Controversy over the risks and benefits of statins, covered widely in the media, was followed by a temporary increase in the number of patients stopping their treatment, according to researchers.
The increase in stopping was seen among patients taking statins for secondary prevention of cardiovascular disease as well as high risk patients taking it for primary prevention.
The study authors said their findings highlighted “the potential for widely covered health stories in the lay media to impact on healthcare related behaviour”.
In October 2013, two articles were published in the British Medical Journal that questioned the value of extending the use of statins to healthy people at low risk of heart disease.
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The papers were heavily criticised by some researchers, prompting widespread media debate about their potential risks and benefits of statins.
The new study, also published in the BMJ, measured how the intense public debate – lasting roughly from October 2013 to March 2014 – affected the likelihood of patients starting and stopping statins.
Media coverage of statin controversy cut compliance
Using prescribing data from UK primary care records, they calculated the number of people aged 40 and over starting and stopping statins each month from January 2011 to March 2015.
Patients already taking statins were more likely to stop taking them for both primary and secondary prevention, following the high media coverage period.
This was particularly true of older patients and those with a longer continuous prescription, said the researchers from the London School of Hygiene and Tropical Medicine.
They estimated that more than 200,000 patients across the UK may have stopped statin therapy in the six months after the media coverage.
This, they warned, could potentially lead to over 2,000 extra heart attacks and strokes if the trend continued over the next 10 years.
“It’s essential that patients don’t make any unilateral decisions to stop taking medicines”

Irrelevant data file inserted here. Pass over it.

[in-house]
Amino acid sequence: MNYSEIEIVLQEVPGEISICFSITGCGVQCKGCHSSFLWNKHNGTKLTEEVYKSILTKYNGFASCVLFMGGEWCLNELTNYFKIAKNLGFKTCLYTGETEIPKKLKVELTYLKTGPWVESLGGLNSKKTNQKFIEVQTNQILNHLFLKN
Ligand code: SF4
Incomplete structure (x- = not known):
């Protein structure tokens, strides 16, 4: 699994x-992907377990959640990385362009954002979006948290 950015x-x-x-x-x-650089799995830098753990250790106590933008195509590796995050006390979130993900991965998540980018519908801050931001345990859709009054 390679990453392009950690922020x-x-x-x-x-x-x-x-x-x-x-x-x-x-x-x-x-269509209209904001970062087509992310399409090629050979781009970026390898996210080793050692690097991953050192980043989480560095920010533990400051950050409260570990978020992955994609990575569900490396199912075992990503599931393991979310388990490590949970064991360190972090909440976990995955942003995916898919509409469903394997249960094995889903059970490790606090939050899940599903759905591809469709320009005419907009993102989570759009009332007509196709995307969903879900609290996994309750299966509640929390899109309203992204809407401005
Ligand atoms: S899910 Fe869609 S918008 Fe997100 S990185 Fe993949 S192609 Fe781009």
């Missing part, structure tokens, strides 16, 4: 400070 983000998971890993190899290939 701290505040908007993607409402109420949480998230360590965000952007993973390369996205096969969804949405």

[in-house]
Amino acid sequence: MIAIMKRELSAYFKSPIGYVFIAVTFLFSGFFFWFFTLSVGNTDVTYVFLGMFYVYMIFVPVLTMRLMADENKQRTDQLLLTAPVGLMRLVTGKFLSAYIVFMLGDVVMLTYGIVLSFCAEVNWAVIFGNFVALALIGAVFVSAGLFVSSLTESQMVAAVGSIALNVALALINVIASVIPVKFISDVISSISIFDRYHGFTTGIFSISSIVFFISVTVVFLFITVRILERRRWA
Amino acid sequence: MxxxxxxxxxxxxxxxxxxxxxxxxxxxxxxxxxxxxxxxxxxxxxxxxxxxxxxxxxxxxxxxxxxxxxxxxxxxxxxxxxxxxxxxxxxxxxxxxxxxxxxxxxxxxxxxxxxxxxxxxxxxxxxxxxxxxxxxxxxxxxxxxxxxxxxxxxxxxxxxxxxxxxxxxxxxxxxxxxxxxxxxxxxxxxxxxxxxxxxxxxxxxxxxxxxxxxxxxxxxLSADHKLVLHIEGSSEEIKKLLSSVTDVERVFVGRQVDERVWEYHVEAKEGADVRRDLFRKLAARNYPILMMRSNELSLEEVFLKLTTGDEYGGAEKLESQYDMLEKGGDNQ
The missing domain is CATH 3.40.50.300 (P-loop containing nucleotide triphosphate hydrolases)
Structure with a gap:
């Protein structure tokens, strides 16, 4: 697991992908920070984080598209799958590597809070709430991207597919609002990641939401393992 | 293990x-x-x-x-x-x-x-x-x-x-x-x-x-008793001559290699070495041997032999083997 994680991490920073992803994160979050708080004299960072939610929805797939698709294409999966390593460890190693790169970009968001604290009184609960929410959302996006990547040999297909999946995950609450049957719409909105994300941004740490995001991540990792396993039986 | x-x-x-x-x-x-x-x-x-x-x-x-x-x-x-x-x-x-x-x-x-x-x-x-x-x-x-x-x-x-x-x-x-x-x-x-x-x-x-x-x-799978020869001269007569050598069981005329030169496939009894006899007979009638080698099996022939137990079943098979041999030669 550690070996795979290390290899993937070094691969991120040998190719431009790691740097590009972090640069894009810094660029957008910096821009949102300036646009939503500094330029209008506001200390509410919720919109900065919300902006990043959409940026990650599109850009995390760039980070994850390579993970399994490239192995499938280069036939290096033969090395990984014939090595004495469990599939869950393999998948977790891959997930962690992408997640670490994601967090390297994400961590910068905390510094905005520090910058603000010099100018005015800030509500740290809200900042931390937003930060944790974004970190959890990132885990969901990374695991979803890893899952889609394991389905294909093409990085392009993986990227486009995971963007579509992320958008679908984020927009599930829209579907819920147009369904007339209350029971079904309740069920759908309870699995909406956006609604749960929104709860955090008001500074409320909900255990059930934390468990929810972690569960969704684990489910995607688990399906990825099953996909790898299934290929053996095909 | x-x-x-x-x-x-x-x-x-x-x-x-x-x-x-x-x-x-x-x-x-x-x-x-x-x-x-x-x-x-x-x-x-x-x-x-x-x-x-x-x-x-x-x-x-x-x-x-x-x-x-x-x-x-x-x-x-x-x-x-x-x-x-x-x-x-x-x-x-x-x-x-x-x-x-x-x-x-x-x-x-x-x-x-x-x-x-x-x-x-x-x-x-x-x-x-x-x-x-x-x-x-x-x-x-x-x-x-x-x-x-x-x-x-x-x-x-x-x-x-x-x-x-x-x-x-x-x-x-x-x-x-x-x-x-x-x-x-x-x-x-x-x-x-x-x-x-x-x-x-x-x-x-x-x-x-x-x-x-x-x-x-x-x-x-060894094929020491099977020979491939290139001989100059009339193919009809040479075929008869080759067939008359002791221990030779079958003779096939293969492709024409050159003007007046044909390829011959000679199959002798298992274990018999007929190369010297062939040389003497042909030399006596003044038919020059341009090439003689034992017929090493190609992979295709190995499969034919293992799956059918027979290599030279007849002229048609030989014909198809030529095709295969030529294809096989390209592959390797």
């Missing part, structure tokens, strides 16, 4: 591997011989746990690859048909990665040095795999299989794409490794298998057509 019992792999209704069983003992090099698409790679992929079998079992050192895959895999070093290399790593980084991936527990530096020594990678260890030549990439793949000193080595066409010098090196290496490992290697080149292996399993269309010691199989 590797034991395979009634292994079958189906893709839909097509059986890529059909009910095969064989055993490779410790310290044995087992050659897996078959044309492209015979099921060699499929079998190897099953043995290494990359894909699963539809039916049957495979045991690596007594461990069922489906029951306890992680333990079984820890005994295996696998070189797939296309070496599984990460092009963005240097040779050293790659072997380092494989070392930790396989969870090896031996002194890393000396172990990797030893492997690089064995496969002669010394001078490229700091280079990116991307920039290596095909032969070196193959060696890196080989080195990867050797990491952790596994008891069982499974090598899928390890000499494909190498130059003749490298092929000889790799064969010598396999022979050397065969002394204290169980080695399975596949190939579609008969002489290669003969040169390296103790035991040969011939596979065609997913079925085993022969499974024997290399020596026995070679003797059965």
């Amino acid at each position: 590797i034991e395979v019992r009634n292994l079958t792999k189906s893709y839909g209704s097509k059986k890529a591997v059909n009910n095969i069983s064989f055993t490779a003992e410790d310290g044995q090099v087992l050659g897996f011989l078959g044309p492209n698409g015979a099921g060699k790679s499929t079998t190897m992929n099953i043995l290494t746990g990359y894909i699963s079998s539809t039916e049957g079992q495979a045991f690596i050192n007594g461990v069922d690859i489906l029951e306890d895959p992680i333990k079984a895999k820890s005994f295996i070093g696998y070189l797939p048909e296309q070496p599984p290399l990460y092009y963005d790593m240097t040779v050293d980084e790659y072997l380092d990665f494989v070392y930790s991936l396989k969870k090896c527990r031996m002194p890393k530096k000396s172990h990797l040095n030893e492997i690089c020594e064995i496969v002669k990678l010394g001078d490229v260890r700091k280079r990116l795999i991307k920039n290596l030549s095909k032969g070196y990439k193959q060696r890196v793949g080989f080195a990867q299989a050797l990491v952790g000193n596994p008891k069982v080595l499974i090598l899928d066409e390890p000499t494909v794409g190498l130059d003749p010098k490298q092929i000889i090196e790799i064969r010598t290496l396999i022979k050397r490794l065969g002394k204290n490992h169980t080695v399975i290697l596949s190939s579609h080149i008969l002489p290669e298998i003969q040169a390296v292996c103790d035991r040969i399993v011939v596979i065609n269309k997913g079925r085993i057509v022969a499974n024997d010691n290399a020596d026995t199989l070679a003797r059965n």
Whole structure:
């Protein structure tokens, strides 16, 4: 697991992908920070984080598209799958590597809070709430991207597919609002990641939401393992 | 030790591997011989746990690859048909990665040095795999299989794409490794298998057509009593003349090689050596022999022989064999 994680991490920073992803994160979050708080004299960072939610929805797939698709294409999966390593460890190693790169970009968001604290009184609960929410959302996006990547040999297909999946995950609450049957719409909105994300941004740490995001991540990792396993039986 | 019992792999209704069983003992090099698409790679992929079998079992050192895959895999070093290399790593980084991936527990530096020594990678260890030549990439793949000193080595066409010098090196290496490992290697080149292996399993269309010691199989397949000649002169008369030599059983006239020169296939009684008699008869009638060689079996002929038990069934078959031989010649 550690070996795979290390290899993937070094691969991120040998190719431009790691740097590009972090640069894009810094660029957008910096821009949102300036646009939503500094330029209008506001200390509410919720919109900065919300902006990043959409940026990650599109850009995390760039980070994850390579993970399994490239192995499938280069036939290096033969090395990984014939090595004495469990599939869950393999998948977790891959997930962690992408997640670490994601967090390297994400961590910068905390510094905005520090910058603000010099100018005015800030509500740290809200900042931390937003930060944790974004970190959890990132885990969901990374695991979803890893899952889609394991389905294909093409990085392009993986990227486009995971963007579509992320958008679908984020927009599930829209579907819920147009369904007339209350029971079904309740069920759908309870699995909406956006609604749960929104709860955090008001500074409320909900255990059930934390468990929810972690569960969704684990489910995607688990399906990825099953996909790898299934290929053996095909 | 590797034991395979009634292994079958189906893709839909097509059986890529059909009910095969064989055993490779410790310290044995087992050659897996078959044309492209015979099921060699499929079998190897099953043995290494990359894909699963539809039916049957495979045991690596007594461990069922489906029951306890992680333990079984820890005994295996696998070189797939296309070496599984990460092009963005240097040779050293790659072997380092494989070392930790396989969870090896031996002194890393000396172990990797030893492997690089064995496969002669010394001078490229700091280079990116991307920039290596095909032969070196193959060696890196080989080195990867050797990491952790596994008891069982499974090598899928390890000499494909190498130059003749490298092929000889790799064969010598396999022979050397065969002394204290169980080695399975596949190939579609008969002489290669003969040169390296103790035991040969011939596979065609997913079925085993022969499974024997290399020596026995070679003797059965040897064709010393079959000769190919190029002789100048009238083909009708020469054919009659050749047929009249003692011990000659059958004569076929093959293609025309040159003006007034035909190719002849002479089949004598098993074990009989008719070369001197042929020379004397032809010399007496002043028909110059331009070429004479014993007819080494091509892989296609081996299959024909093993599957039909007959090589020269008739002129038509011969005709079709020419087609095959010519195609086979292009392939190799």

Study author Professor Liam Smeeth said: “Our findings suggest that widespread coverage of health stories in the mainstream media can have an important, real world impact on the behaviour of patients and doctors. This may have significant consequences for people’s health.”
Although he acknowledged it was “undoubtedly important” for such debates to be “reflected in the media”, he said that, in the case of statins, widespread reporting of the debate may have “given disproportionate weight to a minority view about possible side effects”.
This had dented public confidence in a drug that “most scientists and health professionals believe to be a safe and effective option against heart disease for the vast majority of patients”, said Professor Smeeth.
A second paper, also published today by the BMJ, estimated discontinuation rates of statins for over half a million UK patients.
It found that, although more than 40% of statin users discontinue their therapy at some point, more than 70% of them subsequently restart treatment.
Because of the lack of data on reasons for discontinuations, however, the study authors said they could not directly address why some patients discontinued taking statins.
Dr Maureen Baker, chair of the Royal College of GPs, said: “Whatever the debate in the media – and among healthcare professionals – about the potential health risks of statins, or any other medication, it’s essential that patients don’t make any unilateral decisions to stop taking medicines.
“It is important that patients who are prescribed them undertake regular medication reviews,” she added.